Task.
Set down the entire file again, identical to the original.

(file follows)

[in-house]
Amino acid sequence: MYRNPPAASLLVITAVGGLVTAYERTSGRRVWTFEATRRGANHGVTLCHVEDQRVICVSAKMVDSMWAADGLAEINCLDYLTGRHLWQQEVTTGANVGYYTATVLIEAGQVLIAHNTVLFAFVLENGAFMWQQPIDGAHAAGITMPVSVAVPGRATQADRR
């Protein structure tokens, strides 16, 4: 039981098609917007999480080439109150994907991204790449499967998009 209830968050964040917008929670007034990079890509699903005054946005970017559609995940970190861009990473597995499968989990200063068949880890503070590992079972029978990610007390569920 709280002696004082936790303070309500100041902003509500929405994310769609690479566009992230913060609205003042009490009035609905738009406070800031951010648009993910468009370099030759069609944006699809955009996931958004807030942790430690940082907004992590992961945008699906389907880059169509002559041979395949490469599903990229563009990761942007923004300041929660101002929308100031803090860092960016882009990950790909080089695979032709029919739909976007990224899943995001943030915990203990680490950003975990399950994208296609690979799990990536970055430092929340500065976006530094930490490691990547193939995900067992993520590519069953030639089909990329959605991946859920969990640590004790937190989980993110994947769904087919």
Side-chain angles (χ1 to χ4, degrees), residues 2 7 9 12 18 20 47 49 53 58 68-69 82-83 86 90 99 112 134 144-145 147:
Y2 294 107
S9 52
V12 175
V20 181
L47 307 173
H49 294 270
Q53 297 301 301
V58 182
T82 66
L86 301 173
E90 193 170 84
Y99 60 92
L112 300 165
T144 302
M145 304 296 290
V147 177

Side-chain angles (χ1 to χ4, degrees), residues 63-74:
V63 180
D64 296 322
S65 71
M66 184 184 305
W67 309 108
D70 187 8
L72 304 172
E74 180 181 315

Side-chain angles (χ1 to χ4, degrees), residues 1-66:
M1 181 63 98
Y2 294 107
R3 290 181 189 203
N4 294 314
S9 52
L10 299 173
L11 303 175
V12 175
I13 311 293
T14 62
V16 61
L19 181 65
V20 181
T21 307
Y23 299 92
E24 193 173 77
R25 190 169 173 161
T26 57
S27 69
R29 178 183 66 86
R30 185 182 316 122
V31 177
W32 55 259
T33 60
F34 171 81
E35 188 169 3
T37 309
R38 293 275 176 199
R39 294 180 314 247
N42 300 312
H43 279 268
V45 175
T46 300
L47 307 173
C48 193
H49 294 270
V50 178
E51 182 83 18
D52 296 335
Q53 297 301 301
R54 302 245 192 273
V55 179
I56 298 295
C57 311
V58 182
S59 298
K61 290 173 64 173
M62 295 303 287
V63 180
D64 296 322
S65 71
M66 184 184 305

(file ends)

[in-house]
Amino acid sequence: MYRNPPAASLLVITAVGGLVTAYERTSGRRVWTFEATRRGANHGVTLCHVEDQRVICVSAKMVDSMWAADGLAEINCLDYLTGRHLWQQEVTTGANVGYYTATVLIEAGQVLIAHNTVLFAFVLENGAFMWQQPIDGAHAAGITMPVSVAVPGRATQADRR
């Protein structure tokens, strides 16, 4: 039981098609917007999480080439109150994907991204790449499967998009 209830968050964040917008929670007034990079890509699903005054946005970017559609995940970190861009990473597995499968989990200063068949880890503070590992079972029978990610007390569920 709280002696004082936790303070309500100041902003509500929405994310769609690479566009992230913060609205003042009490009035609905738009406070800031951010648009993910468009370099030759069609944006699809955009996931958004807030942790430690940082907004992590992961945008699906389907880059169509002559041979395949490469599903990229563009990761942007923004300041929660101002929308100031803090860092960016882009990950790909080089695979032709029919739909976007990224899943995001943030915990203990680490950003975990399950994208296609690979799990990536970055430092929340500065976006530094930490490691990547193939995900067992993520590519069953030639089909990329959605991946859920969990640590004790937190989980993110994947769904087919």
Side-chain angles (χ1 to χ4, degrees), residues 2 7 9 12 18 20 47 49 53 58 68-69 82-83 86 90 99 112 134 144-145 147:
Y2 294 107
S9 52
V12 175
V20 181
L47 307 173
H49 294 270
Q53 297 301 301
V58 182
T82 66
L86 301 173
E90 193 170 84
Y99 60 92
L112 300 165
T144 302
M145 304 296 290
V147 177

Side-chain angles (χ1 to χ4, degrees), residues 63-74:
V63 180
D64 296 322
S65 71
M66 184 184 305
W67 309 108
D70 187 8
L72 304 172
E74 180 181 315

Side-chain angles (χ1 to χ4, degrees), residues 1-66:
M1 181 63 98
Y2 294 107
R3 290 181 189 203
N4 294 314
S9 52
L10 299 173
L11 303 175
V12 175
I13 311 293
T14 62
V16 61
L19 181 65
V20 181
T21 307
Y23 299 92
E24 193 173 77
R25 190 169 173 161
T26 57
S27 69
R29 178 183 66 86
R30 185 182 316 122
V31 177
W32 55 259
T33 60
F34 171 81
E35 188 169 3
T37 309
R38 293 275 176 199
R39 294 180 314 247
N42 300 312
H43 279 268
V45 175
T46 300
L47 307 173
C48 193
H49 294 270
V50 178
E51 182 83 18
D52 296 335
Q53 297 301 301
R54 302 245 192 273
V55 179
I56 298 295
C57 311
V58 182
S59 298
K61 290 173 64 173
M62 295 303 287
V63 180
D64 296 322
S65 71
M66 184 184 305